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Protecting the rights of your loved ones when they are no longer able to protect their own

By Peter Ray | May 11, 2016 | 0 Comment

Does your loved one suffer from Alzheimer’s, Dementia, or some other form of mental incapacitation and is no longer legally capable of changing or making a Will? Do they have a valid Will? Do they need to change their Will?

If a relation or friend you are close to has been affected by Alzheimer’s, Dementia, Brain Trauma or some other form of mental incapacitation, they will probably have lost their legal capacity to make or change their Will. If their circumstances have changed since becoming incapacitated, their estate might not be dealt with in a way that they would want it to be unless a new Will is made for them.

In 2007 our Courts were given the power to make or change Wills for incapacitated people while they are still alive. These are called ‘Statutory Wills’

What is a Statutory Will?

Statutory Wills are also referred to as ‘court-authorised wills’ or ‘court-made wills’. They are a relatively new development in Australia. In WA they were introduced in 2007 being Part XI, Division 1 amended section 40 of the Wills Act.

When may a Statutory Will be needed?

There is a wide range of possible scenarios for a person who has lost testamentary capacity. For example:

  • It is clear that their existing will is out of date and needs to be updated, but they lack the necessary capacity to make their own will.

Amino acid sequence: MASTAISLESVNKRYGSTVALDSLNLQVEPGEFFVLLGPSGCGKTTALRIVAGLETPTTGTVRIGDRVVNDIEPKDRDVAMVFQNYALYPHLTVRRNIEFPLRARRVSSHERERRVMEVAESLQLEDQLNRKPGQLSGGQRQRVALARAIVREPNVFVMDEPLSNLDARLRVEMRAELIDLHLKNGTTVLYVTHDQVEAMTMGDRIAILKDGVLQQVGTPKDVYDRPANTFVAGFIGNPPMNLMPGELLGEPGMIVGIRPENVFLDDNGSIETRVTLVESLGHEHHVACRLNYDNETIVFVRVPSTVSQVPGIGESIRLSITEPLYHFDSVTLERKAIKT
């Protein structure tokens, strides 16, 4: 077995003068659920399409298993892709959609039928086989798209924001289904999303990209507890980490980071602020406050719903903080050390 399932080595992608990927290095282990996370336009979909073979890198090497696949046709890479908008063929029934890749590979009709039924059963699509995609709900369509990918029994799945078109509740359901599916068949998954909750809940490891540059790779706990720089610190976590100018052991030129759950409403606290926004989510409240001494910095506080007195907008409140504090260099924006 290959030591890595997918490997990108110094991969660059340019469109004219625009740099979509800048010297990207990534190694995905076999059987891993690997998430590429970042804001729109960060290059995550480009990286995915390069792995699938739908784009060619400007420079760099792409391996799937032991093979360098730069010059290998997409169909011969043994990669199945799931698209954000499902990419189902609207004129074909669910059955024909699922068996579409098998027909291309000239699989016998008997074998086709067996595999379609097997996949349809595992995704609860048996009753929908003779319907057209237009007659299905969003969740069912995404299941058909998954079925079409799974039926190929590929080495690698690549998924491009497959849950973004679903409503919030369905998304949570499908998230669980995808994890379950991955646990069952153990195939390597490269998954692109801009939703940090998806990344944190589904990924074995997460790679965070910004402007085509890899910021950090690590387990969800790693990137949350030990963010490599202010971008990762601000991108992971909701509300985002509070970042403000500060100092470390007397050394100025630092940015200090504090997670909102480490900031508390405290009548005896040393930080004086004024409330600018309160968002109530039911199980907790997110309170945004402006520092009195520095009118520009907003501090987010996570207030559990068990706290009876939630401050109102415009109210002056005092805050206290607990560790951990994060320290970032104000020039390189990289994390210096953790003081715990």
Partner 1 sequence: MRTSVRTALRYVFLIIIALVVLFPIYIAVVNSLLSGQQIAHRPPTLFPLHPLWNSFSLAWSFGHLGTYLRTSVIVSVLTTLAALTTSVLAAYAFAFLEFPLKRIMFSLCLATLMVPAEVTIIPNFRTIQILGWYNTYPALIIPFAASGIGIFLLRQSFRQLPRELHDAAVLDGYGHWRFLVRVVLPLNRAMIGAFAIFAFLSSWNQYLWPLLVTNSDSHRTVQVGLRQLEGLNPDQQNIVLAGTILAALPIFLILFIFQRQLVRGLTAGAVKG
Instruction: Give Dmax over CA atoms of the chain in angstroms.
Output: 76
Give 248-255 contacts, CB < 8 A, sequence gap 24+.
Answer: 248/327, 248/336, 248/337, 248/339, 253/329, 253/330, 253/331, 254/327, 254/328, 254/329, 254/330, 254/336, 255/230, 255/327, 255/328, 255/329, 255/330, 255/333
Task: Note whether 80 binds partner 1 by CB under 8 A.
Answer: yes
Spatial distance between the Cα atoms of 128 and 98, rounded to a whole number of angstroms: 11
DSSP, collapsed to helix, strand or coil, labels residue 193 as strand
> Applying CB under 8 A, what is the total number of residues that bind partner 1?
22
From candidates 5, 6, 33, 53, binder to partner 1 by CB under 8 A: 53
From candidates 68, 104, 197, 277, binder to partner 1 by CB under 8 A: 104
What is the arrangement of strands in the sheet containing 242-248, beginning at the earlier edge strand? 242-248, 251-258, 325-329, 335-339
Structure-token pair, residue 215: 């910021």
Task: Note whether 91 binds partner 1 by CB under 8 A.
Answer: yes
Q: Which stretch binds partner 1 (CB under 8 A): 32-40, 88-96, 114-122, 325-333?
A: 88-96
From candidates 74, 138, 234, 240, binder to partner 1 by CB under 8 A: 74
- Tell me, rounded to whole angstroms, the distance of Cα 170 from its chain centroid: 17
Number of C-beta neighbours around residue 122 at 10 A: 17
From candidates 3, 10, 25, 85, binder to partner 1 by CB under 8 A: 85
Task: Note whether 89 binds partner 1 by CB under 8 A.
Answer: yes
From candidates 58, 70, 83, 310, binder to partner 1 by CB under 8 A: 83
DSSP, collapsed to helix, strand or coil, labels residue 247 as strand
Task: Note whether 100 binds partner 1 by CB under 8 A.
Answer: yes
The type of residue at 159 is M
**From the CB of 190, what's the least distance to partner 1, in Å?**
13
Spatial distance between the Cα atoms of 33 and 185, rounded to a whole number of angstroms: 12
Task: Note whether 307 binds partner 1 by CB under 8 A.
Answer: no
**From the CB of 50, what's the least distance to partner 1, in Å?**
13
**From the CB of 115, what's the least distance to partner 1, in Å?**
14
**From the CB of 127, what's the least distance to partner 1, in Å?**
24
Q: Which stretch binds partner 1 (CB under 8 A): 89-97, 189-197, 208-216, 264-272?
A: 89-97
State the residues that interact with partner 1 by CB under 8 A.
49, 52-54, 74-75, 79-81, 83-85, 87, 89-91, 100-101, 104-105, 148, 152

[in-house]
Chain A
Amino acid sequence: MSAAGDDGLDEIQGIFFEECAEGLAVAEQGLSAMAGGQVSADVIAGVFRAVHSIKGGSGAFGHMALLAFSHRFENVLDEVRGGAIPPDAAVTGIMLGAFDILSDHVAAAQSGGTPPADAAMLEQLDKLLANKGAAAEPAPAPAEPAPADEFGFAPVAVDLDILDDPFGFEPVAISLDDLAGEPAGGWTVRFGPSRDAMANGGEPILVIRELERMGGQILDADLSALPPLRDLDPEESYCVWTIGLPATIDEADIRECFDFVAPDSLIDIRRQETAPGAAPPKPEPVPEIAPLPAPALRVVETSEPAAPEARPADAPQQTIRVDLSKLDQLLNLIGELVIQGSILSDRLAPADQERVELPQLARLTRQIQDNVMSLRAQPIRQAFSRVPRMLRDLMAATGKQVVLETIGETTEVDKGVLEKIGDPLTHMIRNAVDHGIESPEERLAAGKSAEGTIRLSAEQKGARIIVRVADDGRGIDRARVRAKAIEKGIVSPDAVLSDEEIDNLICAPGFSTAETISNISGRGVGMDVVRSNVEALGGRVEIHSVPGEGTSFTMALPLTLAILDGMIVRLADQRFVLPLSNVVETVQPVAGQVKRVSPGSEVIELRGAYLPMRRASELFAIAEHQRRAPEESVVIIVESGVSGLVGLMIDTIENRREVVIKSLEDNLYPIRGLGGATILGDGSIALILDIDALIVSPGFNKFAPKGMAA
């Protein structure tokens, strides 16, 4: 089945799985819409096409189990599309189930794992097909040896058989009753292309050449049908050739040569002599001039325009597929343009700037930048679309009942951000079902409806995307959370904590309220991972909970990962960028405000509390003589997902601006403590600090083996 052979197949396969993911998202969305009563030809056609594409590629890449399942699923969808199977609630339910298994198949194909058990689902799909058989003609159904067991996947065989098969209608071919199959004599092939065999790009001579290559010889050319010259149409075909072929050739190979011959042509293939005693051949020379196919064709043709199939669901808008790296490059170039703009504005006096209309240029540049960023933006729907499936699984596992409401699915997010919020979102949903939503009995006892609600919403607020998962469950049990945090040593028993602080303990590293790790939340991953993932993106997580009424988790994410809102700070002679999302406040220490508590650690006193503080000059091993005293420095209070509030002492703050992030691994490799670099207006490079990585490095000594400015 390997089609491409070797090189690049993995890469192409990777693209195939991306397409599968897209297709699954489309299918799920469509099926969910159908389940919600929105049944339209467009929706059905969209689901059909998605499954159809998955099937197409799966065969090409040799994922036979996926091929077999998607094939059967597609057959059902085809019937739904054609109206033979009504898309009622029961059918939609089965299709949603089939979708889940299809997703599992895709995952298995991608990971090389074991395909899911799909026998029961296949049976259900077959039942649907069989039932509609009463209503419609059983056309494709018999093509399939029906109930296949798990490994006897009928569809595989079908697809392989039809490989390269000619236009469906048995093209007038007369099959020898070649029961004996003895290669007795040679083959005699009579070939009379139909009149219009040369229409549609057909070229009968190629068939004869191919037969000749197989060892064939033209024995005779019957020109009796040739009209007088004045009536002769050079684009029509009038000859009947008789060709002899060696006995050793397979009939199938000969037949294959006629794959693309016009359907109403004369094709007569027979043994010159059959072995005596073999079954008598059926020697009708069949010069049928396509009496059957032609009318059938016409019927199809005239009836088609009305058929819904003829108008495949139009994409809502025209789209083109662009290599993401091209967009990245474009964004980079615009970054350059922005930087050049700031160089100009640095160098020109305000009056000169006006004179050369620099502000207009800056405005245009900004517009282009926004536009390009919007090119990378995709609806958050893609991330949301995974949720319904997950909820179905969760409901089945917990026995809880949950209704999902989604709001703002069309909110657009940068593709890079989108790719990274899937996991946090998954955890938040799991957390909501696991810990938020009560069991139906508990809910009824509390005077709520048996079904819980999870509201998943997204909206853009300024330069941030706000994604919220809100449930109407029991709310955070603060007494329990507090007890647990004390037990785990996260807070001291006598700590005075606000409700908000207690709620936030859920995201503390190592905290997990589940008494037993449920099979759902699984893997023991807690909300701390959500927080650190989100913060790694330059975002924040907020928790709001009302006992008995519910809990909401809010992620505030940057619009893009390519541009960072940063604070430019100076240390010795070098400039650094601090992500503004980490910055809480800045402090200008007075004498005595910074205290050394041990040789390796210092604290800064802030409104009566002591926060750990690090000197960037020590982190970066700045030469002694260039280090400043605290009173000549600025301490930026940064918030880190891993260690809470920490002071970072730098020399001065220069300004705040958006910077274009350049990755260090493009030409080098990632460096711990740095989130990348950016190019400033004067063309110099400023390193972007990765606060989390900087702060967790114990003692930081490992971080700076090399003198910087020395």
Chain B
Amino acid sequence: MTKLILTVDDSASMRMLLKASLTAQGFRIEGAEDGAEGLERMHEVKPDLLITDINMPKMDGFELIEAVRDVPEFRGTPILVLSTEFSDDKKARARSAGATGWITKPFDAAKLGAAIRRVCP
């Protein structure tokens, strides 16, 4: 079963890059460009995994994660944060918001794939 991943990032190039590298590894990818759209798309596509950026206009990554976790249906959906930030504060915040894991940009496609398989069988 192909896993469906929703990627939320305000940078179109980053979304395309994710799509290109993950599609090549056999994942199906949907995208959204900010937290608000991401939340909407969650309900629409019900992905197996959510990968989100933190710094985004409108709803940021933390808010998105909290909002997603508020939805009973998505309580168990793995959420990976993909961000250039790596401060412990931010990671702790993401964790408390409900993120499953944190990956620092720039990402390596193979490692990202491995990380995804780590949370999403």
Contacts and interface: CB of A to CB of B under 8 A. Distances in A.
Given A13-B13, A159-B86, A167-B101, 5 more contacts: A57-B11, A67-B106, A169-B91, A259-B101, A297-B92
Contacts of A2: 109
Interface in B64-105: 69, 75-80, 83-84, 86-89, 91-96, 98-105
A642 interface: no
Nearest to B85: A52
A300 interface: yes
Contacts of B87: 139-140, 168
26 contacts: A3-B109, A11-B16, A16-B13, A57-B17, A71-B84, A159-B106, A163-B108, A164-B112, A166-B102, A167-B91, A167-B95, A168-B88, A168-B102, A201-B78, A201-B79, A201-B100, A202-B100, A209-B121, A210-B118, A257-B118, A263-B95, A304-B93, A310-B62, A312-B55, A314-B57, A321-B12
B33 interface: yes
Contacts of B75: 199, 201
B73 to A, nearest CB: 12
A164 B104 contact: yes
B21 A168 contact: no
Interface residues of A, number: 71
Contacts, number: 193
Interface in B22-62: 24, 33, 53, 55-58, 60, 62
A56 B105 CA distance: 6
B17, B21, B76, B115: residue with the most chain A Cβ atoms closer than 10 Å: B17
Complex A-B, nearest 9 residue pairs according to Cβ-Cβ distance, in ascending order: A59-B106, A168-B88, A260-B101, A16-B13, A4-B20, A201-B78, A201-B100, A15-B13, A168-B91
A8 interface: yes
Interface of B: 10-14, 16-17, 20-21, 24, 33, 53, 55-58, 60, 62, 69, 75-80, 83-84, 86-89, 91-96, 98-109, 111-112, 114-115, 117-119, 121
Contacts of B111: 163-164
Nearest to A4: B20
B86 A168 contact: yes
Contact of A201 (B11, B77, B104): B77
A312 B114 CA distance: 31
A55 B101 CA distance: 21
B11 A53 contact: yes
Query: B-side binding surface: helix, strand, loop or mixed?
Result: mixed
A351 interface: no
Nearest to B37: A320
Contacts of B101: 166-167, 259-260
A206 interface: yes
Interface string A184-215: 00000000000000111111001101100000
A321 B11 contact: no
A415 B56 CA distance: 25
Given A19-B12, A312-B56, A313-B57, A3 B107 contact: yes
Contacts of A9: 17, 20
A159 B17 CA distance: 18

• A person’s existing will includes a gift of their house to a particular beneficiary, but the person has since moved into a nursing home and the house has been sold.
  • There is some technical defect in a person’s will, which will prevent it operating in the way they intended.
  • A person has a will but it could be structured in a more tax-efficient way, to reduce the overall tax burden.

In WA an application will be made by an appropriate person on behalf of a person who does not have testamentary capacity.

The Supreme Court has the jurisdiction to make an order authorising the making or alteration of a Will in specific terms approved by the Court, or the revocation of the whole or any part of a Will on behalf of a person who is living but lacks testamentary capacity.
There is a ‘core test’ that must be met, in every case. The Court needs to be satisfied that the proposed will is one that the proposed testator, if he or she had testamentary capacity, would likely have made.

Conclusion

In light of the above, what would normally be put in the “there is nothing we can do” basket, there is now an opportunity to implement an effective estate plan that the person who made the Will may have implemented if they had capacity, due to a change in circumstances since they made their Will.

To obtain advice specific to your situation and to find out if a Statutory Will could be a solution for you, contact Peter Ray at Slee Anderson & Pidgeon on (08) 97 920 920.


The contents of this publication are not legal advice to anybody who receives it and should not be treated as legal advice.  You should not take any action following reading this publication without legal advice concerning its application or relevance to your own circumstances.

Filed under: Wills

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